Teacher Recruitment: What You Ask For Is What You Get
By Rodney L. Pry

Teachers are some of the most important people in the church. While engaging in the ministries of nurture and training, the church school staffer’s relationship with members of the congregation is closer and more sustained than that of anyone else – including the pastor. Indeed, each teacher is a minister to his or her own congregation-within-the-congregation. If community is to be maintained and faith shared, the teacher is the key person in the process.

 Therefore, in recruiting church school staff, irresponsibly settling for “second best” jeopardizes the integrity of the faith we are passing on. Poor recruitment practices cripple many promising educational programs.

In teacher recruitment, the basic maxim is this: What you ask for is what you get! Therefore, here are some suggestions for effective recruitment, a first step in building a solid educational program.

1. Believe that a prospective teacher is being asked to perform an important service. You are requesting a commitment of time and energy. Never tell the recruit that “there’s nothing to it.” That is untrue and fools no one. If the recruiter conveys the attitude that teaching takes “no time at all,” be prepared to deal with the consequences which may include the teacher taking “no time at all” to prepare their lessons and frustrated teachers.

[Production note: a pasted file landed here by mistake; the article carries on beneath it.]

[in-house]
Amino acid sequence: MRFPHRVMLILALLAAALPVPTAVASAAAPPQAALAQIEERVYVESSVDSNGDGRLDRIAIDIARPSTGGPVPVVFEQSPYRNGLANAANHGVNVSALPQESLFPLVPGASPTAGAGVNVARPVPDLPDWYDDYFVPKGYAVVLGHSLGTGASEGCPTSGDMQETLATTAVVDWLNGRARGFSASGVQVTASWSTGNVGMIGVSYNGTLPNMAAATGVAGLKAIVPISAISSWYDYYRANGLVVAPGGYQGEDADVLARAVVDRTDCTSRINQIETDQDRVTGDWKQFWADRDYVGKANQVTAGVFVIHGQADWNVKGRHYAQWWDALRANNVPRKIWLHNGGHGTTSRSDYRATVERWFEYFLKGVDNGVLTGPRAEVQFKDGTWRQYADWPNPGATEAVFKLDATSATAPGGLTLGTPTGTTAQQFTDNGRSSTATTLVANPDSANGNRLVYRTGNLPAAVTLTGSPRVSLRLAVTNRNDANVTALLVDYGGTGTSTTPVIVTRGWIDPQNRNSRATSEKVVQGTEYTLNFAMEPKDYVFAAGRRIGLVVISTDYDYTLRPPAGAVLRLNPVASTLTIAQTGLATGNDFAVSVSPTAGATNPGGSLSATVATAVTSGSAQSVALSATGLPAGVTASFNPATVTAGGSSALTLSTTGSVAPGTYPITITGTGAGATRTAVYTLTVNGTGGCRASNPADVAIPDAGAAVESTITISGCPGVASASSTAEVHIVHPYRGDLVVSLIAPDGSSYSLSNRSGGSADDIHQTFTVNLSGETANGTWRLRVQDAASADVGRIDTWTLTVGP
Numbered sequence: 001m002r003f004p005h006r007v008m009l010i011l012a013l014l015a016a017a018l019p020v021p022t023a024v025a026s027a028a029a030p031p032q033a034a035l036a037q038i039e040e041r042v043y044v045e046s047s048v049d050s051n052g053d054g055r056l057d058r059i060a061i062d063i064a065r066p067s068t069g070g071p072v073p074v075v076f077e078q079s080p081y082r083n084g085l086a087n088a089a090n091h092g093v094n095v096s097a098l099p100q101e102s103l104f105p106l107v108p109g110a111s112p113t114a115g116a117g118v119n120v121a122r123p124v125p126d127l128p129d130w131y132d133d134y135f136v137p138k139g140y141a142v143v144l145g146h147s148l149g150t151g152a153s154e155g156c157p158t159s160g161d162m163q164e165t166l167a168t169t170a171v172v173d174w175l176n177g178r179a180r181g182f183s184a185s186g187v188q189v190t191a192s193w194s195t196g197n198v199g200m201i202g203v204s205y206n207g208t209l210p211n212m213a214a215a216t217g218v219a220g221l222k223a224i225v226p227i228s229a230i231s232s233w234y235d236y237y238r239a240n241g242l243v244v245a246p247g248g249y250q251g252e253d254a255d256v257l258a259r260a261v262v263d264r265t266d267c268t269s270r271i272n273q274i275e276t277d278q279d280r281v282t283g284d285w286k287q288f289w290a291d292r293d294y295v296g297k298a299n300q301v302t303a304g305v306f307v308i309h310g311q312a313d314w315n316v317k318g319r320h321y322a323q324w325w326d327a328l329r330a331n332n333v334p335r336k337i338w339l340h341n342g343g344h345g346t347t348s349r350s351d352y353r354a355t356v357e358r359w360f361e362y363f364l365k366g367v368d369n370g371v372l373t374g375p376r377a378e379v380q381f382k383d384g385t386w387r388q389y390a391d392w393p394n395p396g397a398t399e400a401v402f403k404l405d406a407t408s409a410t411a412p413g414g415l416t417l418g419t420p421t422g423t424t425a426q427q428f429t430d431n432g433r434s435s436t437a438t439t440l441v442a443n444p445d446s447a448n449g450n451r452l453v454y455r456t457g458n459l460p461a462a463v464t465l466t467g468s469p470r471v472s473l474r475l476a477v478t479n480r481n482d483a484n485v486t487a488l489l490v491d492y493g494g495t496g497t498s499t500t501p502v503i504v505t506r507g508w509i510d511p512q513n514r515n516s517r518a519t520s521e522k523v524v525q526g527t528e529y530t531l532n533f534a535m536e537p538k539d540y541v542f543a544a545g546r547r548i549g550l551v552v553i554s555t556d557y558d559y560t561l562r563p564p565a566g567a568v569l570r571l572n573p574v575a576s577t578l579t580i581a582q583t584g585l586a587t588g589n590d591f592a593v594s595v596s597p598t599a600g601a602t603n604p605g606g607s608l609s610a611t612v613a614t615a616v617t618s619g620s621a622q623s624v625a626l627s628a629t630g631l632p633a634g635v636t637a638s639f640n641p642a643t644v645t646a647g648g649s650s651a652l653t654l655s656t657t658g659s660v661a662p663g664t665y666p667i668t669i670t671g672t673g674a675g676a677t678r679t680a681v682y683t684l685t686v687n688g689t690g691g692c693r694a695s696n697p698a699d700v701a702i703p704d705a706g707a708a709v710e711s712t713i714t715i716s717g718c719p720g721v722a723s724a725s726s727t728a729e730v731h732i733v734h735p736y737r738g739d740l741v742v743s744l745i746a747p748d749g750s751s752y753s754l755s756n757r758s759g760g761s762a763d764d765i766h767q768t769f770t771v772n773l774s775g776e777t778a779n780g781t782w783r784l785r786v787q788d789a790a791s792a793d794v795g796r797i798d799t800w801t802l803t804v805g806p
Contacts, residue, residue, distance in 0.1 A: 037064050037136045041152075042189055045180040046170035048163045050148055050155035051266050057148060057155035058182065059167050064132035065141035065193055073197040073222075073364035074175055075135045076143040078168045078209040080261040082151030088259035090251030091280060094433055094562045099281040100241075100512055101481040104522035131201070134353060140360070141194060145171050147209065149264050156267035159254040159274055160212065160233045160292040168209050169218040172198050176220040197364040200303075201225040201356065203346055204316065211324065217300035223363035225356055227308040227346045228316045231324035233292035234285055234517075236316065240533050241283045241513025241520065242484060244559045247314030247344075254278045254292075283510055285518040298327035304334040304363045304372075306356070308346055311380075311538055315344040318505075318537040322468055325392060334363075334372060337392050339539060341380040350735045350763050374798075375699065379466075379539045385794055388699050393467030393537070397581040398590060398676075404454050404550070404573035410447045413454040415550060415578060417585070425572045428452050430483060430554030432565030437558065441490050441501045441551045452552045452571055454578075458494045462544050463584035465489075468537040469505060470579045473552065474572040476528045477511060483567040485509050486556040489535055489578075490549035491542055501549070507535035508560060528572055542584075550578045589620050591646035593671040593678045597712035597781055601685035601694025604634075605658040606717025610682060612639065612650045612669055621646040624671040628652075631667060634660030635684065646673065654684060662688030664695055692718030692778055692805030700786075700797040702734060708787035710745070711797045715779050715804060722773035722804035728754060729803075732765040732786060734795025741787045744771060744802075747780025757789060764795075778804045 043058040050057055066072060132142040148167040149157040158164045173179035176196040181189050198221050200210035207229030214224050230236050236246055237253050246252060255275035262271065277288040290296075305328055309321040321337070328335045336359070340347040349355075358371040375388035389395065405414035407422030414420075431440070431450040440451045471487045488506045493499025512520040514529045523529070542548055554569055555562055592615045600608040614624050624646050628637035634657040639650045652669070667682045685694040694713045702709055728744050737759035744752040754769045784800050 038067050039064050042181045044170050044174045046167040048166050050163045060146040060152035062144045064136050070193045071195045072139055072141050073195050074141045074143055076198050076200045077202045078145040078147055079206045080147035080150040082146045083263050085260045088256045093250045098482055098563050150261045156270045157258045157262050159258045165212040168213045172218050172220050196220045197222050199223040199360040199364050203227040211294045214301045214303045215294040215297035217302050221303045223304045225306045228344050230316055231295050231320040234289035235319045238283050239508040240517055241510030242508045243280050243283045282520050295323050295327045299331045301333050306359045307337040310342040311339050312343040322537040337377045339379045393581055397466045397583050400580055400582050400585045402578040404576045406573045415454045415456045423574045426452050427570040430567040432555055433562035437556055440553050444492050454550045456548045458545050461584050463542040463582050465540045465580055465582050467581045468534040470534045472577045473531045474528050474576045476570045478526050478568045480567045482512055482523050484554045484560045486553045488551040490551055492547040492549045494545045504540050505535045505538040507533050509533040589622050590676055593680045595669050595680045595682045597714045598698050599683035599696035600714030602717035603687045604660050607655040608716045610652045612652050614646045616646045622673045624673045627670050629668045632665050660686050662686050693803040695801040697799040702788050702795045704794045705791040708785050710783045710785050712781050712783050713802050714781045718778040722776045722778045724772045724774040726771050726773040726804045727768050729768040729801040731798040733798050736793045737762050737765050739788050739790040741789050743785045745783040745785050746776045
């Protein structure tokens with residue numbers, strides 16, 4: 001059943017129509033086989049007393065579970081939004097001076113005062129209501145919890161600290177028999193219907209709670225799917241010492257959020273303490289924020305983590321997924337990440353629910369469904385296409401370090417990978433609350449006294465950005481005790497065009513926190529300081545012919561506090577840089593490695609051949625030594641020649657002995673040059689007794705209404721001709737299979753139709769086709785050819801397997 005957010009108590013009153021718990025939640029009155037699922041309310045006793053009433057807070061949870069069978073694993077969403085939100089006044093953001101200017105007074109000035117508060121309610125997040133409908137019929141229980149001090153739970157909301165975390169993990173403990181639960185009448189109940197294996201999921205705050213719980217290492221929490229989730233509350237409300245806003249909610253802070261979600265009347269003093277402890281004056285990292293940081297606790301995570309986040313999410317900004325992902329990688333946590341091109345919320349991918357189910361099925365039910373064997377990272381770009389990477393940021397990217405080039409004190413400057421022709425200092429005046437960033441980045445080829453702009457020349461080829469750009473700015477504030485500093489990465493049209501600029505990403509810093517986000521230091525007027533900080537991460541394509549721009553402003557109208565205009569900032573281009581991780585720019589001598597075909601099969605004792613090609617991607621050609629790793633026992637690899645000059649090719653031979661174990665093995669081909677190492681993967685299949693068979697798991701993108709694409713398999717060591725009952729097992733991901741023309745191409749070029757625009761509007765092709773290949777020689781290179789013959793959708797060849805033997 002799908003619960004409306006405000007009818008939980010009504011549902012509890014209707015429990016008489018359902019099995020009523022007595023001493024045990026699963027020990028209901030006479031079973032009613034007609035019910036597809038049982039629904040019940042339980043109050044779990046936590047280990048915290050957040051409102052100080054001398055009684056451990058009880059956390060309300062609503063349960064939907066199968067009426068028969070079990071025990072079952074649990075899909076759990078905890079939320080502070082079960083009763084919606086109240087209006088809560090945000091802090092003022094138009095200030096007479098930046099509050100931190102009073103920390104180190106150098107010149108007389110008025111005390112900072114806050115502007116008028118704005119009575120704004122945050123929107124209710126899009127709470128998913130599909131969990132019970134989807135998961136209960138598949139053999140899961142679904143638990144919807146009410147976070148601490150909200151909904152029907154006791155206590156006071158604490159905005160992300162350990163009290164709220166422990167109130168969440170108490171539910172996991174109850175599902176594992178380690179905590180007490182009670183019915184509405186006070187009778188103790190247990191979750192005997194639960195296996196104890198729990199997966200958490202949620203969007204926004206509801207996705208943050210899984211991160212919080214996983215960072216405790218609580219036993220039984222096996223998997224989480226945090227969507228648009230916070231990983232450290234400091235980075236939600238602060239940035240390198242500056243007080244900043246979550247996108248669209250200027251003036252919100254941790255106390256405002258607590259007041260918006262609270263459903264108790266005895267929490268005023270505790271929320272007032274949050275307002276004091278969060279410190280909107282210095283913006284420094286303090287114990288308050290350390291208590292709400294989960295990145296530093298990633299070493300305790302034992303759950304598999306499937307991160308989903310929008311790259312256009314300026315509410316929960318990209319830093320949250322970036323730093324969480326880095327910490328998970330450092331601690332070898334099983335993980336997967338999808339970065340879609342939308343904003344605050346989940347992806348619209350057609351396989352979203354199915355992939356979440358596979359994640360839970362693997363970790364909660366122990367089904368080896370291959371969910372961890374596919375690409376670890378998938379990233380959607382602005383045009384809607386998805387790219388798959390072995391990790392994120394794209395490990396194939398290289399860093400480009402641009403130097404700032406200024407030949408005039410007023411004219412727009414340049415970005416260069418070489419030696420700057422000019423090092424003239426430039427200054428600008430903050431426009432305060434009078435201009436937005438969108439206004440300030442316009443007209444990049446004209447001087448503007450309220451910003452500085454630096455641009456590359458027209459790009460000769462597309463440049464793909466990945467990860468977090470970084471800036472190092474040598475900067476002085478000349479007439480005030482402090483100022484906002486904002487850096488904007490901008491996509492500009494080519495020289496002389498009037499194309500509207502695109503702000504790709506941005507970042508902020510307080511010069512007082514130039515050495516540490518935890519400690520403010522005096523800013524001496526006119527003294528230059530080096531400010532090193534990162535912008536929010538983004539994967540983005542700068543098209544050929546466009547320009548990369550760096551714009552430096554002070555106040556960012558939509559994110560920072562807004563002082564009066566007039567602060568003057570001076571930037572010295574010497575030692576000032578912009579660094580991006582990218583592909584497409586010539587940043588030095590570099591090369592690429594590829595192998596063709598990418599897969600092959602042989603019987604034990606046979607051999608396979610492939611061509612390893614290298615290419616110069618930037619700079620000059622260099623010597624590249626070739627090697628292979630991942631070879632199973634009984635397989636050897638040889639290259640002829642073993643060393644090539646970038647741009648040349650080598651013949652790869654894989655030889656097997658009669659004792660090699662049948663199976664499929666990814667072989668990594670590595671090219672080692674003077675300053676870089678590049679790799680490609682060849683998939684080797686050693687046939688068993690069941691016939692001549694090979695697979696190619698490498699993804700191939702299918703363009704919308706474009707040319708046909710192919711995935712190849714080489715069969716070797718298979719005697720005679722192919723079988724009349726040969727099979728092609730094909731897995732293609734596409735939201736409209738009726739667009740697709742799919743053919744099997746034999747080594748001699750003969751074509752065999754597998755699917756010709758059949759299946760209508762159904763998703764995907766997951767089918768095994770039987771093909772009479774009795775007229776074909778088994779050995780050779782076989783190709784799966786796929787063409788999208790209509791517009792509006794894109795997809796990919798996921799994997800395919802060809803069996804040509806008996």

2. Without exception, recruitment should be done by personal visit to the prospect’s home. Avoid phone calls and, even worse, snagging helpless victims in the corridor after the Sunday services.

3. Recruit teachers to serve for a definite period of time, preferably one year. Make it clear that after one year, he/she will be given the option of continuing for another year or relinquishing responsibilities. After two years of service, a teacher will take at least one quarter of “vacation.” It is easier to recruit good teachers if you do not sentence them to a life term in the classroom.

4. Provide a written job description at the time of recruitment. This should be a clear analysis of exactly what the church expects of teachers – classroom hours; attendance at workshops, labs and teachers’ meetings; telephoning/visiting pupils, etc. A description should also include information about resources and support that will be provided to the teacher – training opportunities, literature, supplies, substitute teachers, assistance from coordinators and church staff, etc.

5. No arm-twisting! Respect a person’s right to say “no!” Teaching requires commitment. Teachers should feel that they are truly being “called” by the Lord. A reluctant teacher will tend to take the path of least resistance. This is not what you want!